This book is about detecting and recognizing 2D objects in gray-level images. How are models constructed? How are they trained? What are the computational approaches to efficient implementation on a computer? And finally, how can some of these computations be implemented in the framework of parallel and biologically plausible neural network architectures?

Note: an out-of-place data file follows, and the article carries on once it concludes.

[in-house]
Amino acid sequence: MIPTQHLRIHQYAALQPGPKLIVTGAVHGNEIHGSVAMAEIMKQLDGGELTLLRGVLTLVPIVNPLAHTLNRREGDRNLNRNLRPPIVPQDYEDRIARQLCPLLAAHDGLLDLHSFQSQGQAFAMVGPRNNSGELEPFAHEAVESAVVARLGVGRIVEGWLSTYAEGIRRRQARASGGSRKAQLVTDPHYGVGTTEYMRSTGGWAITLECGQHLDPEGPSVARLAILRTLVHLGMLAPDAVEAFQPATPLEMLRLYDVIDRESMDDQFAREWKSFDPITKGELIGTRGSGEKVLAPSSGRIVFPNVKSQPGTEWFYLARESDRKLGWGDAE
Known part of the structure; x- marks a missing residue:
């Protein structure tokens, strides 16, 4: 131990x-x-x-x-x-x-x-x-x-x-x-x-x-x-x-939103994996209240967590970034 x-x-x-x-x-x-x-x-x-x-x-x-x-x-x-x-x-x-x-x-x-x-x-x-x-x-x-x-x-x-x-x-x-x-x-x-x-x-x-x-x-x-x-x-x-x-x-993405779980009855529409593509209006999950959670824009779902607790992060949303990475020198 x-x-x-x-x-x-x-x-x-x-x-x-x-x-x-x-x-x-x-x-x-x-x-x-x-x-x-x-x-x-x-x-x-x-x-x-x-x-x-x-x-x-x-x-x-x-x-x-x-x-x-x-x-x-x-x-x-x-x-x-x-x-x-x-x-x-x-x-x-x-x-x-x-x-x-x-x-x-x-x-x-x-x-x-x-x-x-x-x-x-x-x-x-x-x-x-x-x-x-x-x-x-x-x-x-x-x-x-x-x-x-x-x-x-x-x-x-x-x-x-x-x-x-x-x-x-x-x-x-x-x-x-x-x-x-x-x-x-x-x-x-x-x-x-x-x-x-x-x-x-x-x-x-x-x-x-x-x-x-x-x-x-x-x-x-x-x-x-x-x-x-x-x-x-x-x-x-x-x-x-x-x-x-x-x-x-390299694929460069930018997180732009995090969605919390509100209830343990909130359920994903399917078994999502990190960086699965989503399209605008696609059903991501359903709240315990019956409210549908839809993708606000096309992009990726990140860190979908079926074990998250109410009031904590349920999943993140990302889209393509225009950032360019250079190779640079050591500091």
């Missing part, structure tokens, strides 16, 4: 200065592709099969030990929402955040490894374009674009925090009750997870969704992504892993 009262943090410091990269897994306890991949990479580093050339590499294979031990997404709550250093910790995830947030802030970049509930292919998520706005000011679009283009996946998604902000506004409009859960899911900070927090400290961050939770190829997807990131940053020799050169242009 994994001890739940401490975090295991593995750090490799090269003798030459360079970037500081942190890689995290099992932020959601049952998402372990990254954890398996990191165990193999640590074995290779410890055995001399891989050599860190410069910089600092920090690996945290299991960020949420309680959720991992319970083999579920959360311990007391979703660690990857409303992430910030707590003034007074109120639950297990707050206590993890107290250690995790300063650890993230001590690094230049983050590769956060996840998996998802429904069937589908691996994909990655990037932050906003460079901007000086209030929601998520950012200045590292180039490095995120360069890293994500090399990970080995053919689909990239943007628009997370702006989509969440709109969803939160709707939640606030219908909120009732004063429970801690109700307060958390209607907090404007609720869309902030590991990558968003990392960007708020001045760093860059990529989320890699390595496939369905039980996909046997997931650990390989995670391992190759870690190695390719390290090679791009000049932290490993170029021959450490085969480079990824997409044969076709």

Detection refers to anything from identifying a location to identifying and registering components of a particular object class at various levels of detail. For example, finding the faces in an image, finding the eyes and mouths of the faces. One could require a precise outline of the object in the image, or the detection of a certain number of well-defined landmarks on the object, or a deformation from a prototype of the object into the image. The deformation could be a simple 2D affine map or a more detailed nonlinear map. The object itself may have different degrees of variability. It may be a rigid 2D object, such as a fixed computer font or a 2D view of a 3D object, or it may be a highly deformable object, such as the left ventricle of the heart. All these are considered object-detection problems, where detection implies identifying some aspects of the particular way the object is present in the image—namely, some partial description of the object instantiation.